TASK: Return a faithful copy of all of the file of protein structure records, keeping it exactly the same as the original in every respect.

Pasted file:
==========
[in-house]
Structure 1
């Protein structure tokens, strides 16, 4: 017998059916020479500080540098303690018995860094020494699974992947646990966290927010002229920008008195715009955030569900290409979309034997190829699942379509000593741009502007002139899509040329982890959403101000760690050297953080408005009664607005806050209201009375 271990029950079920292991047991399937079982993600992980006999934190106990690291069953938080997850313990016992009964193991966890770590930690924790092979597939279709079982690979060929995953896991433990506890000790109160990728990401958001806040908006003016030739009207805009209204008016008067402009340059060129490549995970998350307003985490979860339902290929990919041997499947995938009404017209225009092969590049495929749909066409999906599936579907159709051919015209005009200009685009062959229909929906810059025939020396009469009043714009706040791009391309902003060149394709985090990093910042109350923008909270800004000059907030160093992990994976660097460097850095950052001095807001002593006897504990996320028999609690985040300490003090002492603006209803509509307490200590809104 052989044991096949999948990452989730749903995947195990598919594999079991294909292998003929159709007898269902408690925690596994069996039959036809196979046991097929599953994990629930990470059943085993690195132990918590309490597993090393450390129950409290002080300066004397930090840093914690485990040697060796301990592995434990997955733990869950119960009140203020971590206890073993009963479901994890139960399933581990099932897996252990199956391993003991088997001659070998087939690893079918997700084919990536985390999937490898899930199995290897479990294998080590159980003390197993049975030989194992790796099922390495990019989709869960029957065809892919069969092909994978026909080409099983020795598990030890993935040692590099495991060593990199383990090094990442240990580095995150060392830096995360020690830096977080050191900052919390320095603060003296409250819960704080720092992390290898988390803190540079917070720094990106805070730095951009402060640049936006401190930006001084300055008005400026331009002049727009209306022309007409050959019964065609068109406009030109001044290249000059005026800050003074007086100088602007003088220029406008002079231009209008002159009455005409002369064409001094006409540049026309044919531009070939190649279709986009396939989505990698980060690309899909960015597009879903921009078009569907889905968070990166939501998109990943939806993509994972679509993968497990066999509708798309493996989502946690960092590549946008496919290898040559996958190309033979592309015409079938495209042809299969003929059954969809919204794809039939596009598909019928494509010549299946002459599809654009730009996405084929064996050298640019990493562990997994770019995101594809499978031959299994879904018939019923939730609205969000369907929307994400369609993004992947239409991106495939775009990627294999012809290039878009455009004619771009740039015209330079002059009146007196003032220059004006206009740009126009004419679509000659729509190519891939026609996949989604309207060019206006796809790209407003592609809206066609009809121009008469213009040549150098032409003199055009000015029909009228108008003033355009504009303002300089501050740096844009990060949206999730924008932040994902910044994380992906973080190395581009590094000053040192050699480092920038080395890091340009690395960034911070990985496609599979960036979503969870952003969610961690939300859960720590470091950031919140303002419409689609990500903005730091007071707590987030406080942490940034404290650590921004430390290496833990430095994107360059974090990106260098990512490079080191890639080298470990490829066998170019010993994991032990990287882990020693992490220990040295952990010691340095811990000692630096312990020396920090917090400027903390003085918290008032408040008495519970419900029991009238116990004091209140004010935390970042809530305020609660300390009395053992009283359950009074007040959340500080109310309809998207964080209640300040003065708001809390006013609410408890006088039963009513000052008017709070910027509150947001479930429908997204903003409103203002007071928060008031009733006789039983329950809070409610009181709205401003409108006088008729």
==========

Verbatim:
[in-house]
Structure 1
């Protein structure tokens, strides 16, 4: 017998059916020479500080540098303690018995860094020494699974992947646990966290927010002229920008008195715009955030569900290409979309034997190829699942379509000593741009502007002139899509040329982890959403101000760690050297953080408005009664607005806050209201009375 271990029950079920292991047991399937079982993600992980006999934190106990690291069953938080997850313990016992009964193991966890770590930690924790092979597939279709079982690979060929995953896991433990506890000790109160990728990401958001806040908006003016030739009207805009209204008016008067402009340059060129490549995970998350307003985490979860339902290929990919041997499947995938009404017209225009092969590049495929749909066409999906599936579907159709051919015209005009200009685009062959229909929906810059025939020396009469009043714009706040791009391309902003060149394709985090990093910042109350923008909270800004000059907030160093992990994976660097460097850095950052001095807001002593006897504990996320028999609690985040300490003090002492603006209803509509307490200590809104 052989044991096949999948990452989730749903995947195990598919594999079991294909292998003929159709007898269902408690925690596994069996039959036809196979046991097929599953994990629930990470059943085993690195132990918590309490597993090393450390129950409290002080300066004397930090840093914690485990040697060796301990592995434990997955733990869950119960009140203020971590206890073993009963479901994890139960399933581990099932897996252990199956391993003991088997001659070998087939690893079918997700084919990536985390999937490898899930199995290897479990294998080590159980003390197993049975030989194992790796099922390495990019989709869960029957065809892919069969092909994978026909080409099983020795598990030890993935040692590099495991060593990199383990090094990442240990580095995150060392830096995360020690830096977080050191900052919390320095603060003296409250819960704080720092992390290898988390803190540079917070720094990106805070730095951009402060640049936006401190930006001084300055008005400026331009002049727009209306022309007409050959019964065609068109406009030109001044290249000059005026800050003074007086100088602007003088220029406008002079231009209008002159009455005409002369064409001094006409540049026309044919531009070939190649279709986009396939989505990698980060690309899909960015597009879903921009078009569907889905968070990166939501998109990943939806993509994972679509993968497990066999509708798309493996989502946690960092590549946008496919290898040559996958190309033979592309015409079938495209042809299969003929059954969809919204794809039939596009598909019928494509010549299946002459599809654009730009996405084929064996050298640019990493562990997994770019995101594809499978031959299994879904018939019923939730609205969000369907929307994400369609993004992947239409991106495939775009990627294999012809290039878009455009004619771009740039015209330079002059009146007196003032220059004006206009740009126009004419679509000659729509190519891939026609996949989604309207060019206006796809790209407003592609809206066609009809121009008469213009040549150098032409003199055009000015029909009228108008003033355009504009303002300089501050740096844009990060949206999730924008932040994902910044994380992906973080190395581009590094000053040192050699480092920038080395890091340009690395960034911070990985496609599979960036979503969870952003969610961690939300859960720590470091950031919140303002419409689609990500903005730091007071707590987030406080942490940034404290650590921004430390290496833990430095994107360059974090990106260098990512490079080191890639080298470990490829066998170019010993994991032990990287882990020693992490220990040295952990010691340095811990000692630096312990020396920090917090400027903390003085918290008032408040008495519970419900029991009238116990004091209140004010935390970042809530305020609660300390009395053992009283359950009074007040959340500080109310309809998207964080209640300040003065708001809390006013609410408890006088039963009513000052008017709070910027509150947001479930429908997204903003409103203002007071928060008031009733006789039983329950809070409610009181709205401003409108006088008729």